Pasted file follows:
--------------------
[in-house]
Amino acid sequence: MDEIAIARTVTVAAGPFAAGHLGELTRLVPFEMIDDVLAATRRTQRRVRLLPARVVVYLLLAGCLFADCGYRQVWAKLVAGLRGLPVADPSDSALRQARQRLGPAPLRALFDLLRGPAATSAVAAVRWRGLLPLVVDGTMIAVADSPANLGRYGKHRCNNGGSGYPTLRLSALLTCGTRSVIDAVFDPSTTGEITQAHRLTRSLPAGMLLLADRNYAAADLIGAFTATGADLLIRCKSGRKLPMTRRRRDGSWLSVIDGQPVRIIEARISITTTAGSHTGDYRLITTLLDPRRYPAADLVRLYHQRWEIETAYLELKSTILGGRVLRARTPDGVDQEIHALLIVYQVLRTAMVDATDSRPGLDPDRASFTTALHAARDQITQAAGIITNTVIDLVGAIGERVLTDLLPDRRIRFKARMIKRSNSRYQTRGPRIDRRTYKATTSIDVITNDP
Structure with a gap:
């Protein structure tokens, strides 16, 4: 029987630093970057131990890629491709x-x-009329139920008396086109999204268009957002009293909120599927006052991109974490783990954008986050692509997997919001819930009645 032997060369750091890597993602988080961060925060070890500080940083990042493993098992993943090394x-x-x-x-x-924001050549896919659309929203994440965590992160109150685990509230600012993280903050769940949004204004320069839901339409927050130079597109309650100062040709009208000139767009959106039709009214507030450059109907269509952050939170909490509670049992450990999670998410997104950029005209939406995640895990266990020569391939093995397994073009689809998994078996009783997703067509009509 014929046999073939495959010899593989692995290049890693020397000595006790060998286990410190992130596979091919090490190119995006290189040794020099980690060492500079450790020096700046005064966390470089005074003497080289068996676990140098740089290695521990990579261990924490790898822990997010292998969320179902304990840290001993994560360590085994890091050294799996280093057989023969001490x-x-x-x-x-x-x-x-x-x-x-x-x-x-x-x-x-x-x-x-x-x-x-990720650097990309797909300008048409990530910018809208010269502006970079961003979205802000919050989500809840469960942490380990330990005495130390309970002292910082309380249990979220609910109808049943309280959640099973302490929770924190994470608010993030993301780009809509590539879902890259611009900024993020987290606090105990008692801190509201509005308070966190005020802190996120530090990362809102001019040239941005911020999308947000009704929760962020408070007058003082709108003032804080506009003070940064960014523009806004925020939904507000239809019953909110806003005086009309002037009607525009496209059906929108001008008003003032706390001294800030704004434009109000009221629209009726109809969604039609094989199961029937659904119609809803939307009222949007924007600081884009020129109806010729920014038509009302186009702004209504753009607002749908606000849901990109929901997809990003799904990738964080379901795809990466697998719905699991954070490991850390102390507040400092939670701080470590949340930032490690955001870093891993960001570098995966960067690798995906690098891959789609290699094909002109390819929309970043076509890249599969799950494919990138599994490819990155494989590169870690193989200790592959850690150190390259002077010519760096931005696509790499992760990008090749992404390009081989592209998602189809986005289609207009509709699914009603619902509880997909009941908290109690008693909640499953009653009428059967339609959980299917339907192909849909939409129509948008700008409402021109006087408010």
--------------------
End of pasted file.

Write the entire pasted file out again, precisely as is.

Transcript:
[in-house]
Amino acid sequence: MDEIAIARTVTVAAGPFAAGHLGELTRLVPFEMIDDVLAATRRTQRRVRLLPARVVVYLLLAGCLFADCGYRQVWAKLVAGLRGLPVADPSDSALRQARQRLGPAPLRALFDLLRGPAATSAVAAVRWRGLLPLVVDGTMIAVADSPANLGRYGKHRCNNGGSGYPTLRLSALLTCGTRSVIDAVFDPSTTGEITQAHRLTRSLPAGMLLLADRNYAAADLIGAFTATGADLLIRCKSGRKLPMTRRRRDGSWLSVIDGQPVRIIEARISITTTAGSHTGDYRLITTLLDPRRYPAADLVRLYHQRWEIETAYLELKSTILGGRVLRARTPDGVDQEIHALLIVYQVLRTAMVDATDSRPGLDPDRASFTTALHAARDQITQAAGIITNTVIDLVGAIGERVLTDLLPDRRIRFKARMIKRSNSRYQTRGPRIDRRTYKATTSIDVITNDP
Structure with a gap:
């Protein structure tokens, strides 16, 4: 029987630093970057131990890629491709x-x-009329139920008396086109999204268009957002009293909120599927006052991109974490783990954008986050692509997997919001819930009645 032997060369750091890597993602988080961060925060070890500080940083990042493993098992993943090394x-x-x-x-x-924001050549896919659309929203994440965590992160109150685990509230600012993280903050769940949004204004320069839901339409927050130079597109309650100062040709009208000139767009959106039709009214507030450059109907269509952050939170909490509670049992450990999670998410997104950029005209939406995640895990266990020569391939093995397994073009689809998994078996009783997703067509009509 014929046999073939495959010899593989692995290049890693020397000595006790060998286990410190992130596979091919090490190119995006290189040794020099980690060492500079450790020096700046005064966390470089005074003497080289068996676990140098740089290695521990990579261990924490790898822990997010292998969320179902304990840290001993994560360590085994890091050294799996280093057989023969001490x-x-x-x-x-x-x-x-x-x-x-x-x-x-x-x-x-x-x-x-x-x-x-990720650097990309797909300008048409990530910018809208010269502006970079961003979205802000919050989500809840469960942490380990330990005495130390309970002292910082309380249990979220609910109808049943309280959640099973302490929770924190994470608010993030993301780009809509590539879902890259611009900024993020987290606090105990008692801190509201509005308070966190005020802190996120530090990362809102001019040239941005911020999308947000009704929760962020408070007058003082709108003032804080506009003070940064960014523009806004925020939904507000239809019953909110806003005086009309002037009607525009496209059906929108001008008003003032706390001294800030704004434009109000009221629209009726109809969604039609094989199961029937659904119609809803939307009222949007924007600081884009020129109806010729920014038509009302186009702004209504753009607002749908606000849901990109929901997809990003799904990738964080379901795809990466697998719905699991954070490991850390102390507040400092939670701080470590949340930032490690955001870093891993960001570098995966960067690798995906690098891959789609290699094909002109390819929309970043076509890249599969799950494919990138599994490819990155494989590169870690193989200790592959850690150190390259002077010519760096931005696509790499992760990008090749992404390009081989592209998602189809986005289609207009509709699914009603619902509880997909009941908290109690008693909640499953009653009428059967339609959980299917339907192909849909939409129509948008700008409402021109006087408010």